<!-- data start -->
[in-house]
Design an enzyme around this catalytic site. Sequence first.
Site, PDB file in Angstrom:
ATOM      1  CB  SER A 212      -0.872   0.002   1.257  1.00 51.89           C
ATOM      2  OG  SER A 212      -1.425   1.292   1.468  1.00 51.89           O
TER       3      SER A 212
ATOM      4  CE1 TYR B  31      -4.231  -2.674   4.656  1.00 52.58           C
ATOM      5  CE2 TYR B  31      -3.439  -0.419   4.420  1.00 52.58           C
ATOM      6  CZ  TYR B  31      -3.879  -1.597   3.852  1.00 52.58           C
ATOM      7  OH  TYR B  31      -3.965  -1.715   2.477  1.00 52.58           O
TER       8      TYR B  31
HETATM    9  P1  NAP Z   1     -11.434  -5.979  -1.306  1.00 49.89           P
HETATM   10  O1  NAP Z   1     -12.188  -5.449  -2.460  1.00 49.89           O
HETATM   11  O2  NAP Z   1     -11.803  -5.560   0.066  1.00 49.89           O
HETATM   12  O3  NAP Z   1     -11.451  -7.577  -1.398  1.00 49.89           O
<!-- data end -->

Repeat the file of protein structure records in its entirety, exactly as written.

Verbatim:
[in-house]
Design an enzyme around this catalytic site. Sequence first.
Site, PDB file in Angstrom:
ATOM      1  CB  SER A 212      -0.872   0.002   1.257  1.00 51.89           C
ATOM      2  OG  SER A 212      -1.425   1.292   1.468  1.00 51.89           O
TER       3      SER A 212
ATOM      4  CE1 TYR B  31      -4.231  -2.674   4.656  1.00 52.58           C
ATOM      5  CE2 TYR B  31      -3.439  -0.419   4.420  1.00 52.58           C
ATOM      6  CZ  TYR B  31      -3.879  -1.597   3.852  1.00 52.58           C
ATOM      7  OH  TYR B  31      -3.965  -1.715   2.477  1.00 52.58           O
TER       8      TYR B  31
HETATM    9  P1  NAP Z   1     -11.434  -5.979  -1.306  1.00 49.89           P
HETATM   10  O1  NAP Z   1     -12.188  -5.449  -2.460  1.00 49.89           O
HETATM   11  O2  NAP Z   1     -11.803  -5.560   0.066  1.00 49.89           O
HETATM   12  O3  NAP Z   1     -11.451  -7.577  -1.398  1.00 49.89           O